Award strengthens commitment

Receiving the Gender Equality Award from the Ministry of Education and Research has generated enthusiasm, more room for action and increased focus on gender equality efforts, according to last year’s two prize winners. This year’s call for nominations is now underway.

Rector Jan I. Haaland of the Norwegian School of Economics and Business Administration (NHH) in Bergen (photo: Paul S. Amundsen).

“The Gender Equality Award has been a great inspiration for us at the university. It has helped to create enthusiasm and to draw more attention to gender equality efforts. Winning the award has been especially inspiring for those who work with these issues on the gender equality committee and the like,” says Sigmund Grønmo, Rector of the University of Bergen (UiB).

In January of this year, UiB received the Gender Equality Award from the Ministry of Education and Research together with the Norwegian School of Economics and Business Administration (NHH) in Bergen. Each of the institutions received one million kroner. The two were selected because they have developed sound action plans and their gender equality efforts are firmly anchored in their top-level administrations.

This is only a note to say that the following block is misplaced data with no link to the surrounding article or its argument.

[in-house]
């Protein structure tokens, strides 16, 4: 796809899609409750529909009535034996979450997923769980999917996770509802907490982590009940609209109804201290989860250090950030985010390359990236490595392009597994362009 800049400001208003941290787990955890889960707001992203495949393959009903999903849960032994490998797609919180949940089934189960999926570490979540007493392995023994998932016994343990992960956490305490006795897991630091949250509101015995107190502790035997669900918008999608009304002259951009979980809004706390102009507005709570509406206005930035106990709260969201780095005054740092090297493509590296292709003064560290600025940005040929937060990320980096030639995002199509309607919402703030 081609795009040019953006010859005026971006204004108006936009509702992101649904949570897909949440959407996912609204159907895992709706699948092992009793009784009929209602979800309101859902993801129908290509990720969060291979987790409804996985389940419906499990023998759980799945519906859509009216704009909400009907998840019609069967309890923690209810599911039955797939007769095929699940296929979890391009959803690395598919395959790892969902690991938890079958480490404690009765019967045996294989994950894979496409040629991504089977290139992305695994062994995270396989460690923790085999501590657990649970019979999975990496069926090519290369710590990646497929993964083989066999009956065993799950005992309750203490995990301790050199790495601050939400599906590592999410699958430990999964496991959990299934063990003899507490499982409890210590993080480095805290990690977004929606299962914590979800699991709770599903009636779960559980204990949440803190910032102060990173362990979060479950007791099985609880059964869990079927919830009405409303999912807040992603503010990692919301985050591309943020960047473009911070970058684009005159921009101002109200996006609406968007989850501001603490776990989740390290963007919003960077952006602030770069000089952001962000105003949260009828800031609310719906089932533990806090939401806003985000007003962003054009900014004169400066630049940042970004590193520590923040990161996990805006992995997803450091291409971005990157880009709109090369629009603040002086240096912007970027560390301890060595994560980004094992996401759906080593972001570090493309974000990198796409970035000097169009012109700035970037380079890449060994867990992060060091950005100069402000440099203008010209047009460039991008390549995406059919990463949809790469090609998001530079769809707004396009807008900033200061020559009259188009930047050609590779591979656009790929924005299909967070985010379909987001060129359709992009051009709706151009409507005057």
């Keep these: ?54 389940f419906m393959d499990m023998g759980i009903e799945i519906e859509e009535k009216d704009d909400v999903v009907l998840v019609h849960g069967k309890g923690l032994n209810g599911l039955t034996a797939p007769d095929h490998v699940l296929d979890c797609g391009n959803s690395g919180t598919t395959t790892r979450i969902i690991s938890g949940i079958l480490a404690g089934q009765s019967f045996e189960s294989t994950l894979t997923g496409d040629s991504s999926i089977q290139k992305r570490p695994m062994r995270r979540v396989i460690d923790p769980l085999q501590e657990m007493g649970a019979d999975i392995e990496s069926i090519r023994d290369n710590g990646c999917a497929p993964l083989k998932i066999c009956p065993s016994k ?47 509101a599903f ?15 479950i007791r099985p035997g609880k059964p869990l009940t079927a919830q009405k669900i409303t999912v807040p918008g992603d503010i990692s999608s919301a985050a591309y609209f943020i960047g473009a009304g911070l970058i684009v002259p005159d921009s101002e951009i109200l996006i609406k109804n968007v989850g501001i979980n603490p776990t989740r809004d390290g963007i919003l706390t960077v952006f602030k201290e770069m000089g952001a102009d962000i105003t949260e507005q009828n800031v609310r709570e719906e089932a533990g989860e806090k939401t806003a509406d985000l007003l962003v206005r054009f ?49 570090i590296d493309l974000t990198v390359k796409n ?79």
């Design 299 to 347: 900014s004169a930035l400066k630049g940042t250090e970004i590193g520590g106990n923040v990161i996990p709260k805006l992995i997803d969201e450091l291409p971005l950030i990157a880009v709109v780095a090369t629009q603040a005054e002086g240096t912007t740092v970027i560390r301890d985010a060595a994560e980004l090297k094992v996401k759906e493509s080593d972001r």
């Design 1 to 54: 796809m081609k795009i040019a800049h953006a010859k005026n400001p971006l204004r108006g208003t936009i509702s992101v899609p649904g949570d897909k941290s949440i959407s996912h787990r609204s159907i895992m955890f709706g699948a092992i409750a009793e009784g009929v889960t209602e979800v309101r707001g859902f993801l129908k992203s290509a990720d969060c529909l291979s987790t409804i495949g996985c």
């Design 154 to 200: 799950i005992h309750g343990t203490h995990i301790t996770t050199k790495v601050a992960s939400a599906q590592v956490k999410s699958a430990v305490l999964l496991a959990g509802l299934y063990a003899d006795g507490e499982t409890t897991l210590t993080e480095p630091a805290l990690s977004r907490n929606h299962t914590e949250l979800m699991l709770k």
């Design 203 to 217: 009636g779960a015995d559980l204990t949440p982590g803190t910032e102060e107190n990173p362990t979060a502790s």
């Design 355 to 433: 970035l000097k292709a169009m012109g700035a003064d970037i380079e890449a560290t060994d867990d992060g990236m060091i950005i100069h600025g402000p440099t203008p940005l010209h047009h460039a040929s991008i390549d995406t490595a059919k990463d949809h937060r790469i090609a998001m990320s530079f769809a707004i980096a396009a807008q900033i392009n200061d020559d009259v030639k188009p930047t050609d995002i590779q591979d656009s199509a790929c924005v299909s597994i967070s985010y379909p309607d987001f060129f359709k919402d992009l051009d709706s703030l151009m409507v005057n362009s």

Rector Jan I. Haaland of NHH believes that the Gender Equality Award has enhanced their work:

“It has given us more opportunities and greater room for action with regard to implementing the goals we have set for ourselves.”

Additional measures

Both rectors emphasize that, most importantly, the award provides support to the action plans and long-term gender equality efforts. Grønmo adds that at UiB they have decided to use some of the prize money to finance additional measures.

“One of the measures is that we will appoint more women to professor II positions, especially at the Faculty of Mathematics and Natural Sciences. Among other things, we will bring in professors from abroad,” says Grønmo.